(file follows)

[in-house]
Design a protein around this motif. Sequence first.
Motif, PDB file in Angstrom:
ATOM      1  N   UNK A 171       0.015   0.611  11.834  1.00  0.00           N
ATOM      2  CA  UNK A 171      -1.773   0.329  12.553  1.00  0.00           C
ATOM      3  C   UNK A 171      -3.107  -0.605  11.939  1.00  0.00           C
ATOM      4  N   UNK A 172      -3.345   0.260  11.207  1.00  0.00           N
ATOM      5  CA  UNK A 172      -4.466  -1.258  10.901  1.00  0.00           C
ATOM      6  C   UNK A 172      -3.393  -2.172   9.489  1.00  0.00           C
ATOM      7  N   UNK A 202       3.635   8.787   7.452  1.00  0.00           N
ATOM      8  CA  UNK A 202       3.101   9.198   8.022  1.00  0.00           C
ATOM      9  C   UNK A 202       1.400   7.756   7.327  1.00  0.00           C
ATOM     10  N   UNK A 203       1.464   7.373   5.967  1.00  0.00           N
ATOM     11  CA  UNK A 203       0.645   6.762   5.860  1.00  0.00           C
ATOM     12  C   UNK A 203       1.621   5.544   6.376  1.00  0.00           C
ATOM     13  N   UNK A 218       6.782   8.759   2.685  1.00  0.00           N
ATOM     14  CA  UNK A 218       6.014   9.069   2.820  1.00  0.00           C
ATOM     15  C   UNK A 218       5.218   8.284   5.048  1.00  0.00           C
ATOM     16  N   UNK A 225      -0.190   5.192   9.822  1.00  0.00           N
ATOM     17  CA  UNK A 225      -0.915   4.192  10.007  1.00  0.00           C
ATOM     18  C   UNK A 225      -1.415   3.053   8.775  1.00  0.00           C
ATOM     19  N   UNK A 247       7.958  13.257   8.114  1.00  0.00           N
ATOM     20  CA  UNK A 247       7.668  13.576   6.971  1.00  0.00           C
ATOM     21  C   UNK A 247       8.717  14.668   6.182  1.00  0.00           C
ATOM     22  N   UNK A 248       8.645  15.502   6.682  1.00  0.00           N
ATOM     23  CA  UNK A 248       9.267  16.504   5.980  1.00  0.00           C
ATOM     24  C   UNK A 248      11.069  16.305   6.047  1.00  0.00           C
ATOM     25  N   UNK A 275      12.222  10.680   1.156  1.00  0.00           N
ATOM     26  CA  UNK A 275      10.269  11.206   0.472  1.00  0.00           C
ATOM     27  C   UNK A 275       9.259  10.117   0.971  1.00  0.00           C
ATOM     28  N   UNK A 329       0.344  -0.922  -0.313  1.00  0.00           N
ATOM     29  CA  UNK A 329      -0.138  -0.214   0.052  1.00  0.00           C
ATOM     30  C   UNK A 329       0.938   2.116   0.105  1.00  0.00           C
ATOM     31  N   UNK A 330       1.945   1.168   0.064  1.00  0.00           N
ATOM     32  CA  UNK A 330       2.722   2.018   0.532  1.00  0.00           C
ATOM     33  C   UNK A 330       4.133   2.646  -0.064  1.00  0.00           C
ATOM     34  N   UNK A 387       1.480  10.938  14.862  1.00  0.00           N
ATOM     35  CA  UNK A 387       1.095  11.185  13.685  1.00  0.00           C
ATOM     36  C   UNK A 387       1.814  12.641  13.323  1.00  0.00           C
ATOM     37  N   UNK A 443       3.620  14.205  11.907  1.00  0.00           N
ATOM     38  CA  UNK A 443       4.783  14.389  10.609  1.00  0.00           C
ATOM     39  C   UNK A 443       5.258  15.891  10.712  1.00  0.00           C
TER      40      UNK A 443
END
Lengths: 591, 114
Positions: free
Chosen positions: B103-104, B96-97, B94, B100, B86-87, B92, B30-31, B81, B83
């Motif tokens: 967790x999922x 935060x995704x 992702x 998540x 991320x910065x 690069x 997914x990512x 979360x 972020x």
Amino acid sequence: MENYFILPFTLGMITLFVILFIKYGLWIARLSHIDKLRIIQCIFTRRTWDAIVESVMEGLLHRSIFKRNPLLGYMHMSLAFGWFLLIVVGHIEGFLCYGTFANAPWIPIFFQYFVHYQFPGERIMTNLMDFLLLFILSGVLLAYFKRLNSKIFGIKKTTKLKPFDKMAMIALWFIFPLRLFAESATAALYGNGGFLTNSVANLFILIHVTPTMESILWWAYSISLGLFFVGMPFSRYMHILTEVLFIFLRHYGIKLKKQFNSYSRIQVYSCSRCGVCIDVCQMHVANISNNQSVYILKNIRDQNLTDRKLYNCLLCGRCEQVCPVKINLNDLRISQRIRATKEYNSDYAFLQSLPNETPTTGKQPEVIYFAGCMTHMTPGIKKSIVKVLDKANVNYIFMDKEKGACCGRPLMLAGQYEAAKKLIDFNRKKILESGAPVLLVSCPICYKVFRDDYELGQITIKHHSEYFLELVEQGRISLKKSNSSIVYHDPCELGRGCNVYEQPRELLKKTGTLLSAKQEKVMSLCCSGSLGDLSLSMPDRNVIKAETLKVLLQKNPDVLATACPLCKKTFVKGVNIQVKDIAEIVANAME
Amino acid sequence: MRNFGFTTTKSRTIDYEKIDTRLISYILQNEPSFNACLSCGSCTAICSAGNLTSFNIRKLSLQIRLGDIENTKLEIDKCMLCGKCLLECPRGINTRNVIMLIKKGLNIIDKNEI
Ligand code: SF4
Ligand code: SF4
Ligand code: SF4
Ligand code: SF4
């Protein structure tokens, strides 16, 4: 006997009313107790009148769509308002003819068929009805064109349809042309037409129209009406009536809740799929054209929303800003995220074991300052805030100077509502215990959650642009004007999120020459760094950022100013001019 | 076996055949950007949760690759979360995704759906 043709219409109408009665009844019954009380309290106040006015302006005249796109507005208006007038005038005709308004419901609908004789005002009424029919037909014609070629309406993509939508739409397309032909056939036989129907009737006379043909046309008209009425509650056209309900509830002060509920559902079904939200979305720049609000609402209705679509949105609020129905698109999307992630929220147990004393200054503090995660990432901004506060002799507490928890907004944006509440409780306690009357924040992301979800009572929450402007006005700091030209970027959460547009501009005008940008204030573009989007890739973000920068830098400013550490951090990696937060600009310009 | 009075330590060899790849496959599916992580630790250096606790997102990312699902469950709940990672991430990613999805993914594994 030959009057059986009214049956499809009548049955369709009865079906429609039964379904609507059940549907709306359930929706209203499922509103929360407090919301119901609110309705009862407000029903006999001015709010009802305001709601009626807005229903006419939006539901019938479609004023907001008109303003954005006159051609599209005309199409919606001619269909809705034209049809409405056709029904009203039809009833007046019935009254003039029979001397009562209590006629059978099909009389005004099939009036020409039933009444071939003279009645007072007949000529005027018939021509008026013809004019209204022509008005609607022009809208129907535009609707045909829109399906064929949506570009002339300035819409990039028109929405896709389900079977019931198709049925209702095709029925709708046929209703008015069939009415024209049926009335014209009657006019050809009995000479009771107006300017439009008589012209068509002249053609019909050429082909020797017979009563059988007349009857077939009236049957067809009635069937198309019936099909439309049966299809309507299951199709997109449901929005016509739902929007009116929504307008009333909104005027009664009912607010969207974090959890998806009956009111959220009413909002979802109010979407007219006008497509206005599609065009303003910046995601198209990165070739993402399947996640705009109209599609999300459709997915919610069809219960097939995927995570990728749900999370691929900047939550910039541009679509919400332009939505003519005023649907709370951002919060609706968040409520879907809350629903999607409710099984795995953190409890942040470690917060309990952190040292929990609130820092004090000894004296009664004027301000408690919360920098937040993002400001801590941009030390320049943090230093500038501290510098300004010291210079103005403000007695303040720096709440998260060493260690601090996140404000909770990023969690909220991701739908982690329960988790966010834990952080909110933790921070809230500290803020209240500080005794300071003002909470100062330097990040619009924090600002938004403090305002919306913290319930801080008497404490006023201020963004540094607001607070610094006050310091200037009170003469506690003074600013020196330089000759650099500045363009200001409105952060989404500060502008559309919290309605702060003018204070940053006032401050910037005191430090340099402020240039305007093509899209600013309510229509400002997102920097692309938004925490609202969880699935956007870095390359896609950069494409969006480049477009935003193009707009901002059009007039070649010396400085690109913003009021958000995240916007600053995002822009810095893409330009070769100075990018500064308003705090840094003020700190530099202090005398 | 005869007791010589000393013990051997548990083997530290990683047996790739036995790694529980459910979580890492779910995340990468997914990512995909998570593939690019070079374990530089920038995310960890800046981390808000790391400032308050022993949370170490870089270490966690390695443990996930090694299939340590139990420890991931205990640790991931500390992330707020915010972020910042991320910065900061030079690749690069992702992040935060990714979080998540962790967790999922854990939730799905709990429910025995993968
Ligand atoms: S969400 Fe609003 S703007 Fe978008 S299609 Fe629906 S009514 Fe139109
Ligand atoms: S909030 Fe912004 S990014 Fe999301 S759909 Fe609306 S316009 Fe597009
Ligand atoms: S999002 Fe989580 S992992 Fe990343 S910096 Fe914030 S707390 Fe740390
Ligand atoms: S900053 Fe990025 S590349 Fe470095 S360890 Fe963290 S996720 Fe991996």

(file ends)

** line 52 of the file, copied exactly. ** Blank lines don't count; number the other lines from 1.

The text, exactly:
Ligand code: SF4